June 26, 2011
June 26, 2011
June 29, 2011
22.1538.1 - 22.1538.20
Toys and Mathematical Options for Retention in Engineering (Toys’n MORE) Initial Implementation of the Four Intervention StrategiesThis paper presents data resulting from the initial implementation of a project referred to as Toysand Mathematical Options for Retention in Engineering (Toys’n MORE). Its goal is to increasethe number of Science, Technology, Engineering, and Mathematics (STEM) majors by 10%.This project is being conducted by the College of Engineering at _____ through an NSF-sponsored Science, Technology, Engineering, and Mathematics Talent Expansion Program grant(STEP grant # 0756992). The project involves the College of Engineering and 15geographically-dispersed campuses in the _____ system. These campuses are feeder schools forthe main campus and offer associate and bachelor degrees in STEM majors. The project is basedon four intervention strategies including: (a) tutoring programs that serve four mathematicscourses (three pre-calculus and one calculus); (b) a freshman toy-based design course (calledToy FUN-damentals) in which dissection and re-design of toys is used to engage students in apositive environment; (c) a new summer bridge program to assist underrepresented students, whohave expressed an interest in engineering, transition from high school to college; and (d) theassessment and evaluation of the three aforementioned intervention strategies. The strength ofthis project lies in the comprehensive scope of the interventions as well as its large sample size.To illustrate the breadth of this project, the first semester of the intervention occurred on 15 ofthe ______ campuses. It involved six STEM courses: three as part of the math tutoring strategy(algebra, trigonometry, and calculus) and three as part of the toy design strategy (freshmanengineering design, a freshman engineering seminar, and a computer engineering course). In thefirst semester of implementation, a total of 1117 STEM students were enrolled in themathematics courses, the toy-based engineering courses, and the summer bridge programs.Sixty-five math and 13 engineering faculty were involved.This paper presents the descriptive characteristics and preliminary retention information basedon Toys’n MORE data from participants enrolled in the first semester of intervention. Analysisof participant data is underway to examine the student perceptions of course interventions as wellas major preferences of participants after one year.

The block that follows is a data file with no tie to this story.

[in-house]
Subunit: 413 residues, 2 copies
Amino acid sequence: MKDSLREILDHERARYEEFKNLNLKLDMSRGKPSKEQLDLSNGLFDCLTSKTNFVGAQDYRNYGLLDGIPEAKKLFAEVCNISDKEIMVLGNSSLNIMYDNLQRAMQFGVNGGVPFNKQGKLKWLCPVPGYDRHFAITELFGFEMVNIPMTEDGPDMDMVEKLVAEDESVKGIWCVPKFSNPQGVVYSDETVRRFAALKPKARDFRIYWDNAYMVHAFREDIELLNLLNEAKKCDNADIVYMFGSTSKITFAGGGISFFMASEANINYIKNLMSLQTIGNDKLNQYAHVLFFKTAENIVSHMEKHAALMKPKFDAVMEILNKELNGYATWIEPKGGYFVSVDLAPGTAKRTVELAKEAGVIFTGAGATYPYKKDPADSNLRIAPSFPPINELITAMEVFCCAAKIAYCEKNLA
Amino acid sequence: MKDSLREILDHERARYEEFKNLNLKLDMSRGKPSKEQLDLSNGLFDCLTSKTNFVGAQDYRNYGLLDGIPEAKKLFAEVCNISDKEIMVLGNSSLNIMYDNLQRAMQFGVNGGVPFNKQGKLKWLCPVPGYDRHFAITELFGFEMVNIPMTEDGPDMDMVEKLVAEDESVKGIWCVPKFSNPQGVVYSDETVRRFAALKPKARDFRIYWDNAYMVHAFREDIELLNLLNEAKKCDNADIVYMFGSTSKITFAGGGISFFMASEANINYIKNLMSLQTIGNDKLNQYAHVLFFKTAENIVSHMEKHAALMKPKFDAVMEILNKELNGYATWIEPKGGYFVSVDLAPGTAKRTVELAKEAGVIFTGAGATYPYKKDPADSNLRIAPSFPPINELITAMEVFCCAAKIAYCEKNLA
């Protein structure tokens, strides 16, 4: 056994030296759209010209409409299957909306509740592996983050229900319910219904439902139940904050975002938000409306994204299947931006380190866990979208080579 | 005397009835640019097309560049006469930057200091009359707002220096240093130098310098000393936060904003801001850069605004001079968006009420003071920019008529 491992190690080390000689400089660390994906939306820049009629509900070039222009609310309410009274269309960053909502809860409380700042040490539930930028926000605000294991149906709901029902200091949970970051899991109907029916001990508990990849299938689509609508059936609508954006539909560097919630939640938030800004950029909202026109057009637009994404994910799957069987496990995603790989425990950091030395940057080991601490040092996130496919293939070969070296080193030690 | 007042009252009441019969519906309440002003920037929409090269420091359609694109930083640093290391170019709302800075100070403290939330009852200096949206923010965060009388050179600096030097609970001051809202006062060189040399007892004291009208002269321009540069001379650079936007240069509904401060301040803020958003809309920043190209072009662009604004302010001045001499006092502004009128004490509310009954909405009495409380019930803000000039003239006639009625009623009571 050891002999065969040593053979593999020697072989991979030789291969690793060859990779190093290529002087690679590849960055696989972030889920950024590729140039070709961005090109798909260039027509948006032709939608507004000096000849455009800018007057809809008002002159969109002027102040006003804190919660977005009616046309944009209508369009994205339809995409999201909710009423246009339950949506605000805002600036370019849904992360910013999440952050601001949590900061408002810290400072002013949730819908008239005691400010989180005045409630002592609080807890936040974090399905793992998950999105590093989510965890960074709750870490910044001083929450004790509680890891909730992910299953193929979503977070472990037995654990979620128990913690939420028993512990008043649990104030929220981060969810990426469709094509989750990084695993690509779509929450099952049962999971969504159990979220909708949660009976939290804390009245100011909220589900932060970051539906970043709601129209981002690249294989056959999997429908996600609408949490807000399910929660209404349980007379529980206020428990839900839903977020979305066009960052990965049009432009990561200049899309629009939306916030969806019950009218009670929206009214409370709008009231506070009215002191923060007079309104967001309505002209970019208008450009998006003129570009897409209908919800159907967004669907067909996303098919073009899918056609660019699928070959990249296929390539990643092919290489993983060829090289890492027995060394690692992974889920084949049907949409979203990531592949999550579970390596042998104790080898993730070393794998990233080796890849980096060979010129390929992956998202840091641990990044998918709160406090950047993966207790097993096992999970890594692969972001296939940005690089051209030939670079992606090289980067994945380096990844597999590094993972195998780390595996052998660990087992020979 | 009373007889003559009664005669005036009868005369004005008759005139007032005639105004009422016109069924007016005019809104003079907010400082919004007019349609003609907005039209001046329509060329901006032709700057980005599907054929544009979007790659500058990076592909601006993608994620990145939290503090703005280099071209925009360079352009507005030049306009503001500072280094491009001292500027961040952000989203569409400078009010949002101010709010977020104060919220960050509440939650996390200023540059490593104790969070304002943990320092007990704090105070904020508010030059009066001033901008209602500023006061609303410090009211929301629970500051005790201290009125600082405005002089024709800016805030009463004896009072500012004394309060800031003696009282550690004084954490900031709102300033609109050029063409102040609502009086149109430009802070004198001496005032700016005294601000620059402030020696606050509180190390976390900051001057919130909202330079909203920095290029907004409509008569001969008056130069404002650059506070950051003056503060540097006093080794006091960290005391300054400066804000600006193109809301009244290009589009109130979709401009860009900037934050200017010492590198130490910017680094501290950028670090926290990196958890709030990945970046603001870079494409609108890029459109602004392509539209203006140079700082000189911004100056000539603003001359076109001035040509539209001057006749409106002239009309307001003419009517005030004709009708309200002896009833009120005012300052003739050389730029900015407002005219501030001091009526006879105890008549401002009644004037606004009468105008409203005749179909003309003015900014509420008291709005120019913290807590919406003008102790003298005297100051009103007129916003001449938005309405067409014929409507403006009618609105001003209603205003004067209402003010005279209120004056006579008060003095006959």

Margle, J. M., & Cohan, C. L., & Hsu, Y., & Lane, J. L., & Freeman, A., & Gomez-Calderon, J., & Sathianathan, D., & Engel, R. S. (2011, June), Toys'n More: Initial Implementation of Intervention Strategies Paper presented at 2011 ASEE Annual Conference & Exposition, Vancouver, BC. 10.18260/1-2--18988
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